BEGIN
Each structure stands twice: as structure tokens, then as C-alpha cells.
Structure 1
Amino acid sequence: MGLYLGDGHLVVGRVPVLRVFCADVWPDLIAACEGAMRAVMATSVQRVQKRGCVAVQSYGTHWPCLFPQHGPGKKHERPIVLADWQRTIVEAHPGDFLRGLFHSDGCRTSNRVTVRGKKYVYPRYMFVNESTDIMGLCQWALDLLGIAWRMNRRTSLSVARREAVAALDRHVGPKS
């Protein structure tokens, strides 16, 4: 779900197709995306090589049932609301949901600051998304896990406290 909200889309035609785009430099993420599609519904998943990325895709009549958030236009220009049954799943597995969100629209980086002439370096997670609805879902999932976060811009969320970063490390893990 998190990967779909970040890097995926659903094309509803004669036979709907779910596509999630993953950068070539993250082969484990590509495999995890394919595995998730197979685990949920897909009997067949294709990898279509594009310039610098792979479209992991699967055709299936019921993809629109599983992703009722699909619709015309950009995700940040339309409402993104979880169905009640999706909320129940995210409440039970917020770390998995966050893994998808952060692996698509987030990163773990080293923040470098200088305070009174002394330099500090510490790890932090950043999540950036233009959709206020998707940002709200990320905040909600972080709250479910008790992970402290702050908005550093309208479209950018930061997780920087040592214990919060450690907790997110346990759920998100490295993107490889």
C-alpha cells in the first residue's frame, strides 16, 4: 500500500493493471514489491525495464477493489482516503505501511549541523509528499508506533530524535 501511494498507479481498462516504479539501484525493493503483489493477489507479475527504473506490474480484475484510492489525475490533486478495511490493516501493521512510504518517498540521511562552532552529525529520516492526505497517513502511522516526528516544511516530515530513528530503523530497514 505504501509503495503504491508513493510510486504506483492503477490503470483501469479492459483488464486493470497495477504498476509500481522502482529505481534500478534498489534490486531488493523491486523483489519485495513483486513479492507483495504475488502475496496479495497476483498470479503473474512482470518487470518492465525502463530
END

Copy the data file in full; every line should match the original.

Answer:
Each structure stands twice: as structure tokens, then as C-alpha cells.
Structure 1
Amino acid sequence: MGLYLGDGHLVVGRVPVLRVFCADVWPDLIAACEGAMRAVMATSVQRVQKRGCVAVQSYGTHWPCLFPQHGPGKKHERPIVLADWQRTIVEAHPGDFLRGLFHSDGCRTSNRVTVRGKKYVYPRYMFVNESTDIMGLCQWALDLLGIAWRMNRRTSLSVARREAVAALDRHVGPKS
């Protein structure tokens, strides 16, 4: 779900197709995306090589049932609301949901600051998304896990406290 909200889309035609785009430099993420599609519904998943990325895709009549958030236009220009049954799943597995969100629209980086002439370096997670609805879902999932976060811009969320970063490390893990 998190990967779909970040890097995926659903094309509803004669036979709907779910596509999630993953950068070539993250082969484990590509495999995890394919595995998730197979685990949920897909009997067949294709990898279509594009310039610098792979479209992991699967055709299936019921993809629109599983992703009722699909619709015309950009995700940040339309409402993104979880169905009640999706909320129940995210409440039970917020770390998995966050893994998808952060692996698509987030990163773990080293923040470098200088305070009174002394330099500090510490790890932090950043999540950036233009959709206020998707940002709200990320905040909600972080709250479910008790992970402290702050908005550093309208479209950018930061997780920087040592214990919060450690907790997110346990759920998100490295993107490889």
C-alpha cells in the first residue's frame, strides 16, 4: 500500500493493471514489491525495464477493489482516503505501511549541523509528499508506533530524535 501511494498507479481498462516504479539501484525493493503483489493477489507479475527504473506490474480484475484510492489525475490533486478495511490493516501493521512510504518517498540521511562552532552529525529520516492526505497517513502511522516526528516544511516530515530513528530503523530497514 505504501509503495503504491508513493510510486504506483492503477490503470483501469479492459483488464486493470497495477504498476509500481522502482529505481534500478534498489534490486531488493523491486523483489519485495513483486513479492507483495504475488502475496496479495497476483498470479503473474512482470518487470518492465525502463530